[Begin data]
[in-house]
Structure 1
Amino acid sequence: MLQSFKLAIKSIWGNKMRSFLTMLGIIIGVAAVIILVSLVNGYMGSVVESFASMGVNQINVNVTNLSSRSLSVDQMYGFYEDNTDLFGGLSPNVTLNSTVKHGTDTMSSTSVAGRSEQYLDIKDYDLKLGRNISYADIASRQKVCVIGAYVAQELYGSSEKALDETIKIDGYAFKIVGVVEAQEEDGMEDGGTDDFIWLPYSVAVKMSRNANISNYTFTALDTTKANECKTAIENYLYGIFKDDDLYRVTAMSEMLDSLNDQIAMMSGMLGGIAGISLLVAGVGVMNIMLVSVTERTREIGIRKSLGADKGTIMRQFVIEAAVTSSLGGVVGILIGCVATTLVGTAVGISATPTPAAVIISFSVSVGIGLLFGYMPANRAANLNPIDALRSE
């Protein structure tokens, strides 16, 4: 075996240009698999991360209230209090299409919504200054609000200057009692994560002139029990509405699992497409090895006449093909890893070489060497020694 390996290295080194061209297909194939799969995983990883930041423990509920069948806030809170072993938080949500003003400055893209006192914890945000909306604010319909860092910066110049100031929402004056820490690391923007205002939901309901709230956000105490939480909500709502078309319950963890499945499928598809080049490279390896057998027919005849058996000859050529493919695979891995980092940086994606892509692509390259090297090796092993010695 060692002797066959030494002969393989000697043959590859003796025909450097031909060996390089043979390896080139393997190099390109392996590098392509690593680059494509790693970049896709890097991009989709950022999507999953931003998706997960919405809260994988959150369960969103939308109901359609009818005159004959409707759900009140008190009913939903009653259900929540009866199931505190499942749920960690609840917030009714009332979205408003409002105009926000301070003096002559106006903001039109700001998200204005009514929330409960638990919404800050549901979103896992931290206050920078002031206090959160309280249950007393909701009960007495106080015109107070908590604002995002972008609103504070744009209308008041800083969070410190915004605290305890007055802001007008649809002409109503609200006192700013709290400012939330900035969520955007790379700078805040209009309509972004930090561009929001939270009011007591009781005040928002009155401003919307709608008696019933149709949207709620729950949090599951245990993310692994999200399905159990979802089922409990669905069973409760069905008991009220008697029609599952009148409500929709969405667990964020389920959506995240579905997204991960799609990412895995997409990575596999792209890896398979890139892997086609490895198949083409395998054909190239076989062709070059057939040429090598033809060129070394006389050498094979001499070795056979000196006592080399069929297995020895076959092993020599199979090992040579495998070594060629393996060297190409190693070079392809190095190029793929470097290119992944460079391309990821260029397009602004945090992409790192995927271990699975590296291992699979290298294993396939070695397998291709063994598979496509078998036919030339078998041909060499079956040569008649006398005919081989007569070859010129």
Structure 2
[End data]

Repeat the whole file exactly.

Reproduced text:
[in-house]
Structure 1
Amino acid sequence: MLQSFKLAIKSIWGNKMRSFLTMLGIIIGVAAVIILVSLVNGYMGSVVESFASMGVNQINVNVTNLSSRSLSVDQMYGFYEDNTDLFGGLSPNVTLNSTVKHGTDTMSSTSVAGRSEQYLDIKDYDLKLGRNISYADIASRQKVCVIGAYVAQELYGSSEKALDETIKIDGYAFKIVGVVEAQEEDGMEDGGTDDFIWLPYSVAVKMSRNANISNYTFTALDTTKANECKTAIENYLYGIFKDDDLYRVTAMSEMLDSLNDQIAMMSGMLGGIAGISLLVAGVGVMNIMLVSVTERTREIGIRKSLGADKGTIMRQFVIEAAVTSSLGGVVGILIGCVATTLVGTAVGISATPTPAAVIISFSVSVGIGLLFGYMPANRAANLNPIDALRSE
């Protein structure tokens, strides 16, 4: 075996240009698999991360209230209090299409919504200054609000200057009692994560002139029990509405699992497409090895006449093909890893070489060497020694 390996290295080194061209297909194939799969995983990883930041423990509920069948806030809170072993938080949500003003400055893209006192914890945000909306604010319909860092910066110049100031929402004056820490690391923007205002939901309901709230956000105490939480909500709502078309319950963890499945499928598809080049490279390896057998027919005849058996000859050529493919695979891995980092940086994606892509692509390259090297090796092993010695 060692002797066959030494002969393989000697043959590859003796025909450097031909060996390089043979390896080139393997190099390109392996590098392509690593680059494509790693970049896709890097991009989709950022999507999953931003998706997960919405809260994988959150369960969103939308109901359609009818005159004959409707759900009140008190009913939903009653259900929540009866199931505190499942749920960690609840917030009714009332979205408003409002105009926000301070003096002559106006903001039109700001998200204005009514929330409960638990919404800050549901979103896992931290206050920078002031206090959160309280249950007393909701009960007495106080015109107070908590604002995002972008609103504070744009209308008041800083969070410190915004605290305890007055802001007008649809002409109503609200006192700013709290400012939330900035969520955007790379700078805040209009309509972004930090561009929001939270009011007591009781005040928002009155401003919307709608008696019933149709949207709620729950949090599951245990993310692994999200399905159990979802089922409990669905069973409760069905008991009220008697029609599952009148409500929709969405667990964020389920959506995240579905997204991960799609990412895995997409990575596999792209890896398979890139892997086609490895198949083409395998054909190239076989062709070059057939040429090598033809060129070394006389050498094979001499070795056979000196006592080399069929297995020895076959092993020599199979090992040579495998070594060629393996060297190409190693070079392809190095190029793929470097290119992944460079391309990821260029397009602004945090992409790192995927271990699975590296291992699979290298294993396939070695397998291709063994598979496509078998036919030339078998041909060499079956040569008649006398005919081989007569070859010129």
Structure 2